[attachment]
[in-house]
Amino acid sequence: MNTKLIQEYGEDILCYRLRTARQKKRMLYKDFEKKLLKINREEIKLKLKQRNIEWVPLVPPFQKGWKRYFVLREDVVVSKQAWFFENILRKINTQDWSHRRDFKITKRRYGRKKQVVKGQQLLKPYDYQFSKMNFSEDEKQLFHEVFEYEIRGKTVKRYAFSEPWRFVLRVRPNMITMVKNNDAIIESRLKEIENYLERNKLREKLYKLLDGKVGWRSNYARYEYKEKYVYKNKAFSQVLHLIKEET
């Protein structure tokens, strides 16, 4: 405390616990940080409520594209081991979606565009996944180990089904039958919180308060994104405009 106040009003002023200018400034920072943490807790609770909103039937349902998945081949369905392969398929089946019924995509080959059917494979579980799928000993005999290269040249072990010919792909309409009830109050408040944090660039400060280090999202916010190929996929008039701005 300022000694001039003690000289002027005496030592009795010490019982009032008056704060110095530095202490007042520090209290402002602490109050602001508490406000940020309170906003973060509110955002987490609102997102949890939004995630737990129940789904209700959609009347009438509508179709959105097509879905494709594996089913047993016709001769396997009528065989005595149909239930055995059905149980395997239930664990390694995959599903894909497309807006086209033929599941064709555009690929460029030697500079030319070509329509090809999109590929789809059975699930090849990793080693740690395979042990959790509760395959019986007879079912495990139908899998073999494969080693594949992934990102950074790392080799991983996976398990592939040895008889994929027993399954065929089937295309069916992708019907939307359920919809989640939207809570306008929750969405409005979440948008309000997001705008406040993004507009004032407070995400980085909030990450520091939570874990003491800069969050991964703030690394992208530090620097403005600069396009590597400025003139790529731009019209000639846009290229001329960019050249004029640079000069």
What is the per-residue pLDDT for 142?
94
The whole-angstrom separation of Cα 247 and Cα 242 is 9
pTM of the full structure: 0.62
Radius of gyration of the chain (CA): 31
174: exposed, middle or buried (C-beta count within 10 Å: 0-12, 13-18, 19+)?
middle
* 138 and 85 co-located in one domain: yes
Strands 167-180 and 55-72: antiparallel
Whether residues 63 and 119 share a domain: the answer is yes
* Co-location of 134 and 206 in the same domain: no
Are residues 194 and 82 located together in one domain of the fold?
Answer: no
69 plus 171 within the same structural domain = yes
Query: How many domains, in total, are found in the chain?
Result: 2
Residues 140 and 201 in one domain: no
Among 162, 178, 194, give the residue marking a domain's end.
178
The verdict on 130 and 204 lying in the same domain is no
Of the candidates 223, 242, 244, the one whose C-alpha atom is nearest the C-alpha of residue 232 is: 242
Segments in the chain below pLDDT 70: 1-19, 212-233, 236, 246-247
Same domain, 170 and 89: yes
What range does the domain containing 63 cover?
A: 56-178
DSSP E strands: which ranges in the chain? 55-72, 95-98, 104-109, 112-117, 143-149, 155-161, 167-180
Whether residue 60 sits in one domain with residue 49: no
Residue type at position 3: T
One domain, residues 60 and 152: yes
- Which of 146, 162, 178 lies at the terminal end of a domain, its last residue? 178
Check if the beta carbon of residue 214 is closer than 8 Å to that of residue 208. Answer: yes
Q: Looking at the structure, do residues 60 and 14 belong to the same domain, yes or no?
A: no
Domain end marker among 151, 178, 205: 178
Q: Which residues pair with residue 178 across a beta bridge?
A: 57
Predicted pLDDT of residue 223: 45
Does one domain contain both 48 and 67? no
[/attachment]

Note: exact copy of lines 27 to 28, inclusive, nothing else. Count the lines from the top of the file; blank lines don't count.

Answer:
What range does the domain containing 63 cover?
A: 56-178